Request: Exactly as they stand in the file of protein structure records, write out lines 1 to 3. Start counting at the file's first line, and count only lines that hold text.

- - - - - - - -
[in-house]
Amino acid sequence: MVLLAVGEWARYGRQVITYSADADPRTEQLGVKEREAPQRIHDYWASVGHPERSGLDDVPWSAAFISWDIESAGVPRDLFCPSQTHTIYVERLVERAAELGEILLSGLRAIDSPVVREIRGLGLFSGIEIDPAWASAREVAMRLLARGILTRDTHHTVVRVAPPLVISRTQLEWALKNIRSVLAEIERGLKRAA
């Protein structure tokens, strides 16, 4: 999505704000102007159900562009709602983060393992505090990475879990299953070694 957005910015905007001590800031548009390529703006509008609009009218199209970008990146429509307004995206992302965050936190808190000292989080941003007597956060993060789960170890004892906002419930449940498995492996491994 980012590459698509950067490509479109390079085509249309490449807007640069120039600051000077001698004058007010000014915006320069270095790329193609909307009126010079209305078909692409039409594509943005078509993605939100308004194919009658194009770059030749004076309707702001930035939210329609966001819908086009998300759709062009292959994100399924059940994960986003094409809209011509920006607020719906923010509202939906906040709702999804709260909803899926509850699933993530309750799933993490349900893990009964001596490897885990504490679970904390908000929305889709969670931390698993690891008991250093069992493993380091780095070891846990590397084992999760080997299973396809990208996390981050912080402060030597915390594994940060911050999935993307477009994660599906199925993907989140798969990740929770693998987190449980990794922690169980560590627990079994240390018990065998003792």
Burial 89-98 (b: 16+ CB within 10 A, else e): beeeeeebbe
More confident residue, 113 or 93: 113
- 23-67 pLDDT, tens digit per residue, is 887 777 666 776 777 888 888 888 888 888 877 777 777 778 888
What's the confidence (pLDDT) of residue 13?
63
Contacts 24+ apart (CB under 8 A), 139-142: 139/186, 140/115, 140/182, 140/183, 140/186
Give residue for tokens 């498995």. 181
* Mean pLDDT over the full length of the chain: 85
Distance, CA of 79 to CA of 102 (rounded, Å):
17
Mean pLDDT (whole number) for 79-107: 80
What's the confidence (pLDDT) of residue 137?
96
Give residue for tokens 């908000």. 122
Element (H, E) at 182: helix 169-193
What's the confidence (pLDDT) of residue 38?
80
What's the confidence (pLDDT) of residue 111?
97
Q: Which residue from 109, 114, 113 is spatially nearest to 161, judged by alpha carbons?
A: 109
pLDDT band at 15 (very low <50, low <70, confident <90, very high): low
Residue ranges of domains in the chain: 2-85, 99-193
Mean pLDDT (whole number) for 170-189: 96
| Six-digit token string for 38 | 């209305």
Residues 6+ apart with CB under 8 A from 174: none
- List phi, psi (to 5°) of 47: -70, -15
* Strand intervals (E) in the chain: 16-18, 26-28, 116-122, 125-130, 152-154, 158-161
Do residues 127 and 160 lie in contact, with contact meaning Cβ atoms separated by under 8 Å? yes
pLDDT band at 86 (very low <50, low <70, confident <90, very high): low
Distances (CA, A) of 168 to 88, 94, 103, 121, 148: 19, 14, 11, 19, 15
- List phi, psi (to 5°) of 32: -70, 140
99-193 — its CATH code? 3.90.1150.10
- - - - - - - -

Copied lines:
[in-house]
Amino acid sequence: MVLLAVGEWARYGRQVITYSADADPRTEQLGVKEREAPQRIHDYWASVGHPERSGLDDVPWSAAFISWDIESAGVPRDLFCPSQTHTIYVERLVERAAELGEILLSGLRAIDSPVVREIRGLGLFSGIEIDPAWASAREVAMRLLARGILTRDTHHTVVRVAPPLVISRTQLEWALKNIRSVLAEIERGLKRAA
């Protein structure tokens, strides 16, 4: 999505704000102007159900562009709602983060393992505090990475879990299953070694 957005910015905007001590800031548009390529703006509008609009009218199209970008990146429509307004995206992302965050936190808190000292989080941003007597956060993060789960170890004892906002419930449940498995492996491994 980012590459698509950067490509479109390079085509249309490449807007640069120039600051000077001698004058007010000014915006320069270095790329193609909307009126010079209305078909692409039409594509943005078509993605939100308004194919009658194009770059030749004076309707702001930035939210329609966001819908086009998300759709062009292959994100399924059940994960986003094409809209011509920006607020719906923010509202939906906040709702999804709260909803899926509850699933993530309750799933993490349900893990009964001596490897885990504490679970904390908000929305889709969670931390698993690891008991250093069992493993380091780095070891846990590397084992999760080997299973396809990208996390981050912080402060030597915390594994940060911050999935993307477009994660599906199925993907989140798969990740929770693998987190449980990794922690169980560590627990079994240390018990065998003792």